There you have it! The basic needs of the quilter.....well other than the main ingredient, the fabric and design of your quilt. There are so many quilt patterns out there for you to follow which come with fabric color choices already made for you. That's perfect if your color choices follow theirs if not then you will want to choose your own color schemes. Every quilt pattern gives you the measurement of fabric you will need for each of your colors. If you are choosing your own colors you will want to make a note of where in the quilt each color belongs so you don't get confused later and cut the wrong fabric in the wrong size. I have also learned that if I like a color much I will buy more for a later quilt because when you decide you can't live without it and come back a week later chances are it will be gone.(this is called stashing fabrics).

FABRIC STASH: In my opinion every girl needs one! My granddaughter, at eight, told me when I die she wants me to leave her my sewing machine and all my fabrics. I have since bought her her own sewing machine, a nice tough Janome, and given her leave to choose from my fabrics. Just in case she gets impatient!

Choosing a pattern: Like I said there are many many patterns out there. My suggestion to the beginner is to choose a pattern that uses the STRIP as a starting point. There are soooo many that you will be able to find one that suites your creative side. Some of them include the Log Cabin by Eleanore Burns, which she says a quilt in a day but I have never been able to accomplish that. This is a very nice pattern to use as it is so versatile that I have made several. I made one with eagles as the center square and then earthy tones on bottom and sky tones on top for my son and for my nephew tigers as the center. You could make a daisy chain, irish chain, oooh the sky's the limit on strip quilting. Just look online to discover how many. Some of my favorites are the Lovers Knot, the Winning Hand and the Color Wash Irish Chain.

You don't even have had to have sewn before in your life to make a quilt. You only have to be able to sew a straight line, a 1/4 inch seam straight down the strips. When you are finished with your quilt and you snuggle up under it at night it's a whole new feeling of comfort. Or when you tuck your child or grandchild under a quilt you have made for them its like wrapping them in your loving arms while they sleep. A lot of love, time and your choices, went into that quilt. You can make a bed size or a snuggle size it doesn't matter. You can make a table runner or a wall hanging or a tree skirt for Christmas. One year I made Christmas stockings for the children in my life and they ALL still have them and use them.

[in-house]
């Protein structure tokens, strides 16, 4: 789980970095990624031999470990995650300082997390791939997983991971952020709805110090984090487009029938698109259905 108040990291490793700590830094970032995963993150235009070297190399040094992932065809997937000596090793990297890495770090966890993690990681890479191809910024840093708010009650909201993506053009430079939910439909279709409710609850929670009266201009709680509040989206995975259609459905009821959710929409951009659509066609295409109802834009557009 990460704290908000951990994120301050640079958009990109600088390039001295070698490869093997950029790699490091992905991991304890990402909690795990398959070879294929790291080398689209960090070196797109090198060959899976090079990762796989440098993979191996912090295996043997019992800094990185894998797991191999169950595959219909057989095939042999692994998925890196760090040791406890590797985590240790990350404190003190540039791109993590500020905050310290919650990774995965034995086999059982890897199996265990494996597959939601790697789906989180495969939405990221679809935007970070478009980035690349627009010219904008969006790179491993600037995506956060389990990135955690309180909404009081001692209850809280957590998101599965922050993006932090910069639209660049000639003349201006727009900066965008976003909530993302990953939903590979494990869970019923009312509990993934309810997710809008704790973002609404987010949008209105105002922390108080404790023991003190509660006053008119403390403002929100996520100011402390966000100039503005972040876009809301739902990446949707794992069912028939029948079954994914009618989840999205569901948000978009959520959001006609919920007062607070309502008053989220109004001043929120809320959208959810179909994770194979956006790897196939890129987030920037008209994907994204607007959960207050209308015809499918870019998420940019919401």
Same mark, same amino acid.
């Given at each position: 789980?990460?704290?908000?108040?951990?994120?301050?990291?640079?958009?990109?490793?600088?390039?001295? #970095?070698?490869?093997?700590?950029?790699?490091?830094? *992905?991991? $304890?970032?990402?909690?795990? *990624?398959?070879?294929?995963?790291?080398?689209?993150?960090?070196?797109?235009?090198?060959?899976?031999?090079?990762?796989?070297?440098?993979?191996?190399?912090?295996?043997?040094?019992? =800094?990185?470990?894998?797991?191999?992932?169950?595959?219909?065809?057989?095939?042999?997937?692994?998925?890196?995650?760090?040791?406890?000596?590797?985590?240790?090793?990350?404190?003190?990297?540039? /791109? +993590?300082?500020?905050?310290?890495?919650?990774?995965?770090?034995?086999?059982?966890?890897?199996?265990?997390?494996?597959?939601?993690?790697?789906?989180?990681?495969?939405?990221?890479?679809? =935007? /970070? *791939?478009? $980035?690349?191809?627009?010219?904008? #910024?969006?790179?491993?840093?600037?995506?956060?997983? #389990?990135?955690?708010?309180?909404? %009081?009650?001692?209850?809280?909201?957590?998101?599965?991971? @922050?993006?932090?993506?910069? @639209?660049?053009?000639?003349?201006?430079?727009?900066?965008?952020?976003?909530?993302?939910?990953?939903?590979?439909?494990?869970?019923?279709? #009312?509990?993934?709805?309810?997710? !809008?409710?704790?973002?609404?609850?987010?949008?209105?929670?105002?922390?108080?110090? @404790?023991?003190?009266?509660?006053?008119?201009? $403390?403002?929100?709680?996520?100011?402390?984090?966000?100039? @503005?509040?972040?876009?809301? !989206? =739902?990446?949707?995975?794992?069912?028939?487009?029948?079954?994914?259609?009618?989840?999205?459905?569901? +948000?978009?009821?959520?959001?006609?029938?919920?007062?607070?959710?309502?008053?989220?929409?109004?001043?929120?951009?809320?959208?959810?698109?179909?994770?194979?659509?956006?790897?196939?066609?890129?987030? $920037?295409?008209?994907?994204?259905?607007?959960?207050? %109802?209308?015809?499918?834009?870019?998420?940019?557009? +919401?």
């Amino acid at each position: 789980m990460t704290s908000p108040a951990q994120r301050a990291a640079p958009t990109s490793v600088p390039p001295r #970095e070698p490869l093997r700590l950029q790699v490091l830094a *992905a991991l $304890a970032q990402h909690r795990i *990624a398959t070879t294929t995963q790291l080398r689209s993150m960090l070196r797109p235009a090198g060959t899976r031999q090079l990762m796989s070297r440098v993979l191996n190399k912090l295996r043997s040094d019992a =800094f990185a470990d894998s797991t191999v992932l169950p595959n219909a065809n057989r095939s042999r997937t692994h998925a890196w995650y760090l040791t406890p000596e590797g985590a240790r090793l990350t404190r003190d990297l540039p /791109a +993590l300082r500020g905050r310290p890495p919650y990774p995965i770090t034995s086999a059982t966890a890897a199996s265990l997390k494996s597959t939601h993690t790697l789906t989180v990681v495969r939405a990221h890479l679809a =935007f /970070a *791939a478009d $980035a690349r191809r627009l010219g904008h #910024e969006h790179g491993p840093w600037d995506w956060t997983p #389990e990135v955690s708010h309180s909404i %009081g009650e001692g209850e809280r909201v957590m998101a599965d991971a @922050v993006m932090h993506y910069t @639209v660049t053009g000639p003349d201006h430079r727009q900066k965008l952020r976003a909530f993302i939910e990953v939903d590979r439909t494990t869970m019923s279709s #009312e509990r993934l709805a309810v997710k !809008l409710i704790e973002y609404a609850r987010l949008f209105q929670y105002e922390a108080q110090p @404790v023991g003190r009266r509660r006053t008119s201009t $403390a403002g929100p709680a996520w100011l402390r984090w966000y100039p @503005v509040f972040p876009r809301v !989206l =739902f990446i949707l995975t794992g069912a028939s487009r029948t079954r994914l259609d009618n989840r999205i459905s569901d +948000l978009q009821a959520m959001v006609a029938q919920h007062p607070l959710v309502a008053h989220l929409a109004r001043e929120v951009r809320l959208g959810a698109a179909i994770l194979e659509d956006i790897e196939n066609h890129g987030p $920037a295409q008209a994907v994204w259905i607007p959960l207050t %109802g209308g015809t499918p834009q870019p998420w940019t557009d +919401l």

I hope that my writing this hub inspires at least one person out there to make a quilt. Its a dying art and I would like to see it revived in the younger generation. My granddaughter has already made two quilts and she is 13 years old. She had to have a lot of help from grandma and of course all her quilts have to be hand quilted, by me, because she wants something from her grandma that she can keep forever. Its a snuggle factor!


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    • profile image

      notmeanymore 5 years ago

      If you made these you are brilliant. These are amazing and if i may . . .Can i have one? Beautiful.

    • Silwen profile image

      Silwen 5 years ago from Europe

      Great hub. I have always wanted to try quilting, so I have read this hub with great interest. But I think I am not ready for such a project at the moment. By the way, the collection of quilts in the pictures is wonderful. Thank you for sharing.

      P.S. You shouldn't write titles uppercase, it is very hard to read them.

    • mljdgulley354 profile image

      mljdgulley354 5 years ago

      I learned to quilt from my grandmother. I made quite a few while my kids were growing up. Eventually they each one learned to quilt along beside me.

    • tigerbaby777 profile image
      Author

      tigerbaby777 5 years ago from Nampa

      Thank you very much! Sorry they have all been given to friends and family! Next time I'mn going to make one for myself

    • tigerbaby777 profile image
      Author

      tigerbaby777 5 years ago from Nampa

      Thank you for your advice! I'm new at this so can use as much constructive criticism as people are willing to give.

    • tigerbaby777 profile image
      Author

      tigerbaby777 5 years ago from Nampa

      Thats pretty special isn't it?

    • Sadie14 profile image

      Brittany B 5 years ago from U.S.

      I love your quilts! You still need to make me one!

    • tigerbaby777 profile image
      Author

      tigerbaby777 5 years ago from Nampa

      Oh little Sadie14 I did better than make you one! I taught you how to make one! We will have to work on that in the near future.

    • Simone Smith profile image

      Simone Haruko Smith 5 years ago from San Francisco

      What a fabulous guide to getting started! Thanks for sharing these pointers. The quilts you've made are gorgeous!

    • tigerbaby777 profile image
      Author

      tigerbaby777 5 years ago from Nampa

      Thank you Simone!

    • mvillecat profile image

      Catherine Dean 4 years ago from Milledgeville, Georgia

      Great guide for beginning quilters. I have been quilting for over a year now and I am addicted. I love fabric and the healing power of sewing. Thanks for you expert Hub.